Congressman Faleomavaega paid his respects and expressed his condolences personally to the children and family of the late Paramount Chief A.U. Fuimaono, in a special one-day trip to American Samoa early this week. Paramount Chief A.U. Fuimaono passed away peacefully in his residence in Futiga on the evening of September 9, 2008.
“Fuimaono is one of the few people I will always feel indebted to. To say that he was like a father to me is an understatement because of the complete trust he had in me right from the beginning of our relationship when he selected me to be his Chief of Staff for his Washington, D.C. office from 1973 – 1975. That was when he became the first elected Representative from American Samoa to the Capitol,” Faleomavaega reminisced.
“This great man was one of the traditional leaders who instilled in me the passion of being a real and true Samoan in a fast changing world – a world filled with political conflicts and cultural contradictions. This was at the time when American Samoa was suddenly immersed in the national arena of social structuring, traditional maintenance and political identity,” Faleomavaega recalled.
“It was a time of upheaval for the people of American Samoa in many ways as we tried to embrace changes and influences from outside, yet retain our uniqueness as Samoans at the same time. It was also during that time that Fuimaono became recognized as a leader, and he championed in areas of economy, politics, culture and religion,” Faleomavaega said.
“One of his most memorable and early advices to me then, and it still sounds like it was just yesterday was, ‘Eni, the palagi are convinced that for us to move forward, we as Samoans must first learn to crawl, then also learn to walk, before we can run. I tell you right now, we do not have the time to learn how to crawl, nor do we have the luxury to walk. We have to run with them with whatever we have, whatever we can come up with so we could understand and play their game, otherwise, it would be too late and we would lose and be left out,’” Faleomavaega related.
“It was almost baptismal by fire for me then – ‘Jump in, what are you waiting for?’ ‘We have a lot to do.’ But Fuimaono also pointed out that the simplest way to go about tackling the challenges was having an undying faith in God. Fuimaono firmly believed in God’s love, and he used that as the basis of everything he did, and of course he imposed it on those who were around him. He emphasized the importance of being Samoan as a reality check in the often-times turbulences of national and global politics,” Faleomavaega said.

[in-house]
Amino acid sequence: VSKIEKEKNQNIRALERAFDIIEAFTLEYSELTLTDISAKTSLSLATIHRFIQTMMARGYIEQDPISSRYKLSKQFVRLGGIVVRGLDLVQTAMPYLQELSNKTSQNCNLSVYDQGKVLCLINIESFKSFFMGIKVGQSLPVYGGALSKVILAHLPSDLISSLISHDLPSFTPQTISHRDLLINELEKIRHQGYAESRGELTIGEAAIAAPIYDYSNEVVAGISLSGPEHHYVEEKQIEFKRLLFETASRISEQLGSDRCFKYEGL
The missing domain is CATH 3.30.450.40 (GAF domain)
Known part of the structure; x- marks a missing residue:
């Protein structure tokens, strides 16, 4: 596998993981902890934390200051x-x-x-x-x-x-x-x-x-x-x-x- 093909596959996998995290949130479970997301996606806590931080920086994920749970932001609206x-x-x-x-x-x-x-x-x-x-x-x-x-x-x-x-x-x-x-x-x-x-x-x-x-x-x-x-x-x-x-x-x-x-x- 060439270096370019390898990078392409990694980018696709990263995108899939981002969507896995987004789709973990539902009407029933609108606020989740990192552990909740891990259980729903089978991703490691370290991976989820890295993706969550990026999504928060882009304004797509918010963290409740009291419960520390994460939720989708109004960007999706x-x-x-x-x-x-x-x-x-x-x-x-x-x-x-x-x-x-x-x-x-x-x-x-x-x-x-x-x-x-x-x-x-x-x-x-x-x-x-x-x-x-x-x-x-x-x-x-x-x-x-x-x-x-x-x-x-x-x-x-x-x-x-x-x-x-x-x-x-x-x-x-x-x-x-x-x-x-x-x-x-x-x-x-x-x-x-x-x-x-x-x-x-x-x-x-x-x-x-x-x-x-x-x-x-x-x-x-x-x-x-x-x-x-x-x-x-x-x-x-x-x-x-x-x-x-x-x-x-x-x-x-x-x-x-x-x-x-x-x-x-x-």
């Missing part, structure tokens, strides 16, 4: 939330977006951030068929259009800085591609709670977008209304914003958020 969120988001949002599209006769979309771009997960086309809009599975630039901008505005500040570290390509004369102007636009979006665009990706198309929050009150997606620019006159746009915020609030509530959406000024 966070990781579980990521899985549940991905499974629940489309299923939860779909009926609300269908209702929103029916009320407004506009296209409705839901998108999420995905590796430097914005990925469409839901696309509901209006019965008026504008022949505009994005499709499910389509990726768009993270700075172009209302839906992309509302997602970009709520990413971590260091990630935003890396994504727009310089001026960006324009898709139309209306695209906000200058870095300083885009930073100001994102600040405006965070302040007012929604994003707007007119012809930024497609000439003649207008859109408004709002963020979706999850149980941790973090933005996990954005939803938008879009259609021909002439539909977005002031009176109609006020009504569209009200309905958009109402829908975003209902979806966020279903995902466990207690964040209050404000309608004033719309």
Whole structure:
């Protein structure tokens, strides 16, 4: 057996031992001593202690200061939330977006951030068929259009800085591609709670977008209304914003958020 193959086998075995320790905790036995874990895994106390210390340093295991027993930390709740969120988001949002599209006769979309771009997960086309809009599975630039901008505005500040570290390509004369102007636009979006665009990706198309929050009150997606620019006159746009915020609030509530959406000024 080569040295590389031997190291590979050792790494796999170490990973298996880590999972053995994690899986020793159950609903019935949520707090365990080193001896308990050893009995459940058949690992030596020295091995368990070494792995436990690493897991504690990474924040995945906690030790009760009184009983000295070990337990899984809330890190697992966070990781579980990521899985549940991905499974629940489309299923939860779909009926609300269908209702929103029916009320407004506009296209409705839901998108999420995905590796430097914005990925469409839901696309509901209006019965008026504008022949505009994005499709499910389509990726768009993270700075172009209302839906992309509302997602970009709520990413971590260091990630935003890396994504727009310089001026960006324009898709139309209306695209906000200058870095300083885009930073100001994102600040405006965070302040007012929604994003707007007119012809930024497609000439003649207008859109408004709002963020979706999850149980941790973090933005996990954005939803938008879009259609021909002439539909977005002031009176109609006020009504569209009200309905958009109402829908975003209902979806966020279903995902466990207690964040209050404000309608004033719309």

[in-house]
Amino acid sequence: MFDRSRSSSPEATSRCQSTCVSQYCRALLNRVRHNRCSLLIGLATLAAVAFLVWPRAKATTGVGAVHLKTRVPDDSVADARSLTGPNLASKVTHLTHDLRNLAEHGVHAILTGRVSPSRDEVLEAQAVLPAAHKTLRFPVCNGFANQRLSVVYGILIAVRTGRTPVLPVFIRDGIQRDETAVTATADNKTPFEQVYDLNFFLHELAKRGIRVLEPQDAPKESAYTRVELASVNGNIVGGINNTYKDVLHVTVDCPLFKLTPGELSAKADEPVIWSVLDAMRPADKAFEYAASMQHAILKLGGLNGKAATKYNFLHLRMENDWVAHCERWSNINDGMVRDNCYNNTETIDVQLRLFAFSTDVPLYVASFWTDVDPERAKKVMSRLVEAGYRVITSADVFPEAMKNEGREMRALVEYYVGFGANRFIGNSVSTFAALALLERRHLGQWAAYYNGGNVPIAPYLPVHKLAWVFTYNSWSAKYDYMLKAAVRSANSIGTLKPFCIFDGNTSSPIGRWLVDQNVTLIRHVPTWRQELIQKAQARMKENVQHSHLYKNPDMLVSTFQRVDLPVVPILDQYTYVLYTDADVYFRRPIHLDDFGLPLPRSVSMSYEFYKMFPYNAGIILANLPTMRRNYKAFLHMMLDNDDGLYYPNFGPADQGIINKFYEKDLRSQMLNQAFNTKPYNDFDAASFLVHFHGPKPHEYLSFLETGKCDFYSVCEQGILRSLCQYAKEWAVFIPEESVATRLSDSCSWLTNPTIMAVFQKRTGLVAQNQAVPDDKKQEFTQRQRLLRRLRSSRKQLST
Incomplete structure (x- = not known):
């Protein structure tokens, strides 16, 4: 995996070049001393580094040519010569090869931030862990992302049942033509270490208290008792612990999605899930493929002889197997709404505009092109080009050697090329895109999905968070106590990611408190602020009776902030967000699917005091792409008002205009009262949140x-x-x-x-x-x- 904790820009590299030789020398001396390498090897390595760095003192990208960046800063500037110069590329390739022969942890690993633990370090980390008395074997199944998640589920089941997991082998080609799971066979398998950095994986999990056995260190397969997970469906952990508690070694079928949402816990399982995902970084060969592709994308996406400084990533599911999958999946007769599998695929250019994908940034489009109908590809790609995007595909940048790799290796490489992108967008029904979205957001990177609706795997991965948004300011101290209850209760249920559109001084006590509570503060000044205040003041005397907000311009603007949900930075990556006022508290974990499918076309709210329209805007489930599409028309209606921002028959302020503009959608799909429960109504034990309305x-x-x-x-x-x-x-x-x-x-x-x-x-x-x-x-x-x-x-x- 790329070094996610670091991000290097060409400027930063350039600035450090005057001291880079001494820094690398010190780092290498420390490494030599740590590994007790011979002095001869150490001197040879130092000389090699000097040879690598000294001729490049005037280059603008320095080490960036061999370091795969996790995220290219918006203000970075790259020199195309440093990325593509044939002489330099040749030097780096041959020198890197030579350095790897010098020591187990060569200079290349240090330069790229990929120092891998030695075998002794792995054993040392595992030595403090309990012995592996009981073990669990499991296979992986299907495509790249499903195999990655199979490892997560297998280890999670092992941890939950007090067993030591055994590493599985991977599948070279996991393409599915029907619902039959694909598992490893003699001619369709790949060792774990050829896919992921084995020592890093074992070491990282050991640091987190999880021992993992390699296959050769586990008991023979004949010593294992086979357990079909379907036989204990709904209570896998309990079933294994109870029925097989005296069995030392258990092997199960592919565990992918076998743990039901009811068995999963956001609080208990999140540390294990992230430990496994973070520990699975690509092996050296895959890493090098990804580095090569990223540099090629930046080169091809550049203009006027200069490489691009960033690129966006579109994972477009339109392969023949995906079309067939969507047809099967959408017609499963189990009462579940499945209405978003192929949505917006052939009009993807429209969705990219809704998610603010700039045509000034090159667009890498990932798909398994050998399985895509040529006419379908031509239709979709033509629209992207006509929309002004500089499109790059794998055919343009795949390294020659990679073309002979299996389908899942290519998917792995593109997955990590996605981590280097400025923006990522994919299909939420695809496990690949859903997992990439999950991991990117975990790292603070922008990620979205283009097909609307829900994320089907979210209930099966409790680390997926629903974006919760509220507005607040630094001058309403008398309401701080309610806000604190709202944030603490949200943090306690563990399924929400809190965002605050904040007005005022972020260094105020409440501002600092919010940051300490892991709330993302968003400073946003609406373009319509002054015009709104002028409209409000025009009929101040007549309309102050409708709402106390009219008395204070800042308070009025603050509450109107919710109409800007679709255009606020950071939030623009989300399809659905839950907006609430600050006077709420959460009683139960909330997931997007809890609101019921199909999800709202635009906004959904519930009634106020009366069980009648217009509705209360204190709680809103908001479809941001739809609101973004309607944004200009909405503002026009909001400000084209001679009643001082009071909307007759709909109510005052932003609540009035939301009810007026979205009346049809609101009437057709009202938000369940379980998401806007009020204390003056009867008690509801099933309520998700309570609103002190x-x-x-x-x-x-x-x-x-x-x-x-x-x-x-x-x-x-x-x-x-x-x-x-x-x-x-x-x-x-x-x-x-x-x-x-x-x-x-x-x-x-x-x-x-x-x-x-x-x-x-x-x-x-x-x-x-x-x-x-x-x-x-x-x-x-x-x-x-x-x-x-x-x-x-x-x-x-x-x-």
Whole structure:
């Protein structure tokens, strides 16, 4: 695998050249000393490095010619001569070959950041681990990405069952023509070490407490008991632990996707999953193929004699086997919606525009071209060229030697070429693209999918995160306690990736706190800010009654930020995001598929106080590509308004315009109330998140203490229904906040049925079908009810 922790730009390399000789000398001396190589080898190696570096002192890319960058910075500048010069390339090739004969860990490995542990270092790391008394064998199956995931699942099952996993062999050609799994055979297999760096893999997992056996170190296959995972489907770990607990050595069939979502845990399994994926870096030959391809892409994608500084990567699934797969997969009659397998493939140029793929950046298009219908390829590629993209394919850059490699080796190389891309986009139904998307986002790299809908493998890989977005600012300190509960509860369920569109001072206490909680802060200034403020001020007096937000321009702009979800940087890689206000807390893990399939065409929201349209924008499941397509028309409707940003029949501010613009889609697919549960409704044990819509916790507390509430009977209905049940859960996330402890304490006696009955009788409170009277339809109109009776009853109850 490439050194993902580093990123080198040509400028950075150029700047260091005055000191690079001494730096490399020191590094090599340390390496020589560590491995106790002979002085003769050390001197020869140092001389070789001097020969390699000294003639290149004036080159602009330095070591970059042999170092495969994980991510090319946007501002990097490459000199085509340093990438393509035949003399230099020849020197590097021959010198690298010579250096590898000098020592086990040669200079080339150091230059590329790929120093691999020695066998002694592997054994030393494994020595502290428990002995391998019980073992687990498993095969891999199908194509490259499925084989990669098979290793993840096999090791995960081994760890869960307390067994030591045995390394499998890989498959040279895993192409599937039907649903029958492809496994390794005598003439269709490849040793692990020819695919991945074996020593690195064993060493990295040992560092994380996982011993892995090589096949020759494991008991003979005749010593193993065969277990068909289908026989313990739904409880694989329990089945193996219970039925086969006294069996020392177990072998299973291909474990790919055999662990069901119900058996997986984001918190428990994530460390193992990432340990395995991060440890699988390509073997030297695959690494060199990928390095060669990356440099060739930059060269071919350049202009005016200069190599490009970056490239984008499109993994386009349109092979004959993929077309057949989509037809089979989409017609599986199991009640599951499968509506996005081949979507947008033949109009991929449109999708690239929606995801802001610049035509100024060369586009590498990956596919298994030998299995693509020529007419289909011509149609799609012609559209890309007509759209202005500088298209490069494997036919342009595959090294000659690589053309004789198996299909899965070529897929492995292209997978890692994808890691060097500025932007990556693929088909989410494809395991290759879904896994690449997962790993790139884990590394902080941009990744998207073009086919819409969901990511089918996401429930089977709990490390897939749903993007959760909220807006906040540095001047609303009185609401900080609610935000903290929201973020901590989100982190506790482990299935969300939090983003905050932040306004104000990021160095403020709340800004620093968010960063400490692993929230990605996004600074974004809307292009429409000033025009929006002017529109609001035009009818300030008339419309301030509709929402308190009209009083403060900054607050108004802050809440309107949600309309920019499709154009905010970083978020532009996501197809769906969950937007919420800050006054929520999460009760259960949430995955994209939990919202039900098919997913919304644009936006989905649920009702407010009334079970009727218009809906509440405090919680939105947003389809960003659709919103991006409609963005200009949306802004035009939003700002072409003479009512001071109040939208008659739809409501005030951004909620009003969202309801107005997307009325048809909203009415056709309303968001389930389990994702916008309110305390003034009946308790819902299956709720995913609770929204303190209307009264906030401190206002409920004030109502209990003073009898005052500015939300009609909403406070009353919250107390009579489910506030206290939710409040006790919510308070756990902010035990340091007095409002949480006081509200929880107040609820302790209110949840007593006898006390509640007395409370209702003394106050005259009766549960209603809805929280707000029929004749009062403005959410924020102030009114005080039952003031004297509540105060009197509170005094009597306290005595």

“I will not go into Paramount Chief A.U. Fuimaono’s outstanding record as a pillar in government, private sector, the culture that was so dear to him, and the church his faith so firmly treasured. Those will always speak for themselves in defining the distinctiveness of the man.”
“But if there is anything I want to emphasize about his character, it is the fraction of his immense wisdom he imparted on me in the years I worked for him, and the many times he nourished and encouraged me first as a congressional staffer in Washington, and eventually as the delegate from American Samoa years later,” Faleomavaega continued.
“His simple yet honest and direct approach to all issues forged the basis of my professional life in Washington. Fuimaono’s determination for the development of American Samoa and yet his sensitivity to protecting the Samoan culture pushed me to strive for that delicate balance that can still define us as Samoans yet be an equal participant under the complex political system of the United States government,” Faleomavaega said.
“So when I heard the news of his death, there was no question in my mind not to be there, even with the overwhelming end-of-term schedules and the national financial crisis Congress is now facing. I owe it to Fuimaono’s children and family to be in Samoa, even if it’s only for a day. I have to pay my personal respects and indebtedness for the one person who started it all for me.”
“I am most grateful and humbled that this great man had the patience and tolerance to help me develop confidence and pride in being Samoan. And if there is a last thing I would say of Paramount Chief Fuimaono, it is the fact that if it wasn’t for his trust and belief in me, I would not have been where I’m at and the person that I am right now,” Faleomavaega said.
“Again, I express my sincere condolences to Paramount Chief A.U. Fuimaono’s children and family, and may God through His Everlasting Peace, grant His healing grace sooner on the grieving families and people of Samoa.,” Faleomavaega concluded.